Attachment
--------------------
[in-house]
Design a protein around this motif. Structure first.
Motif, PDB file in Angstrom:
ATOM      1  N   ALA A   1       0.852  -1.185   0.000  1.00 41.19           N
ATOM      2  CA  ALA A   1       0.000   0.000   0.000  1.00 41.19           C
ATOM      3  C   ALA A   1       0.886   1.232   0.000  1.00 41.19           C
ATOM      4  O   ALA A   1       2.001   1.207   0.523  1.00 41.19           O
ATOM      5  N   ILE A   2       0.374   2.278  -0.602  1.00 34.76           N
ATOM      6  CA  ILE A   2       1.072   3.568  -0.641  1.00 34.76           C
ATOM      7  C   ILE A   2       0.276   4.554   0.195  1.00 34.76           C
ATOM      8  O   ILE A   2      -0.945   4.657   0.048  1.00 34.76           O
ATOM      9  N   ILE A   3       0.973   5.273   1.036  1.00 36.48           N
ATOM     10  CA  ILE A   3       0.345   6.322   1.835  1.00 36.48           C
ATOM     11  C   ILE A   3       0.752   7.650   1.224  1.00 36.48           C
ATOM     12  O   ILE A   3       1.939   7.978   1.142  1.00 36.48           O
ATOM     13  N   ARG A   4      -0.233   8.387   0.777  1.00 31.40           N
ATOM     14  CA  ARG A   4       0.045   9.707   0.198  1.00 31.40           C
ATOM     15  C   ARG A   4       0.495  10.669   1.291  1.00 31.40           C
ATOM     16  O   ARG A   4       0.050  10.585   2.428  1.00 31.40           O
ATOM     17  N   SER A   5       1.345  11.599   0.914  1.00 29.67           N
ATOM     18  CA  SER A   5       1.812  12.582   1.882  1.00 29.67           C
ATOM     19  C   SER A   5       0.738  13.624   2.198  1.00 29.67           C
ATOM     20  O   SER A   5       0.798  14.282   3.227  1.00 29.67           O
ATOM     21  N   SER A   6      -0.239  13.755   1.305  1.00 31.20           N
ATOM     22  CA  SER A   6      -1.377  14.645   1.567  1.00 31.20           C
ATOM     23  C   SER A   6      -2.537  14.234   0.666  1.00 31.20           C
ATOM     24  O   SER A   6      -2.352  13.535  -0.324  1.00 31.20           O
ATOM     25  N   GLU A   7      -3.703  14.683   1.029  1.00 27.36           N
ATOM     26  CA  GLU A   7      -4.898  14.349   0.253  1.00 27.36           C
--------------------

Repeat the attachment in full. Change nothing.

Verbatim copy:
[in-house]
Design a protein around this motif. Structure first.
Motif, PDB file in Angstrom:
ATOM      1  N   ALA A   1       0.852  -1.185   0.000  1.00 41.19           N
ATOM      2  CA  ALA A   1       0.000   0.000   0.000  1.00 41.19           C
ATOM      3  C   ALA A   1       0.886   1.232   0.000  1.00 41.19           C
ATOM      4  O   ALA A   1       2.001   1.207   0.523  1.00 41.19           O
ATOM      5  N   ILE A   2       0.374   2.278  -0.602  1.00 34.76           N
ATOM      6  CA  ILE A   2       1.072   3.568  -0.641  1.00 34.76           C
ATOM      7  C   ILE A   2       0.276   4.554   0.195  1.00 34.76           C
ATOM      8  O   ILE A   2      -0.945   4.657   0.048  1.00 34.76           O
ATOM      9  N   ILE A   3       0.973   5.273   1.036  1.00 36.48           N
ATOM     10  CA  ILE A   3       0.345   6.322   1.835  1.00 36.48           C
ATOM     11  C   ILE A   3       0.752   7.650   1.224  1.00 36.48           C
ATOM     12  O   ILE A   3       1.939   7.978   1.142  1.00 36.48           O
ATOM     13  N   ARG A   4      -0.233   8.387   0.777  1.00 31.40           N
ATOM     14  CA  ARG A   4       0.045   9.707   0.198  1.00 31.40           C
ATOM     15  C   ARG A   4       0.495  10.669   1.291  1.00 31.40           C
ATOM     16  O   ARG A   4       0.050  10.585   2.428  1.00 31.40           O
ATOM     17  N   SER A   5       1.345  11.599   0.914  1.00 29.67           N
ATOM     18  CA  SER A   5       1.812  12.582   1.882  1.00 29.67           C
ATOM     19  C   SER A   5       0.738  13.624   2.198  1.00 29.67           C
ATOM     20  O   SER A   5       0.798  14.282   3.227  1.00 29.67           O
ATOM     21  N   SER A   6      -0.239  13.755   1.305  1.00 31.20           N
ATOM     22  CA  SER A   6      -1.377  14.645   1.567  1.00 31.20           C
ATOM     23  C   SER A   6      -2.537  14.234   0.666  1.00 31.20           C
ATOM     24  O   SER A   6      -2.352  13.535  -0.324  1.00 31.20           O
ATOM     25  N   GLU A   7      -3.703  14.683   1.029  1.00 27.36           N
ATOM     26  CA  GLU A   7      -4.898  14.349   0.253  1.00 27.36           C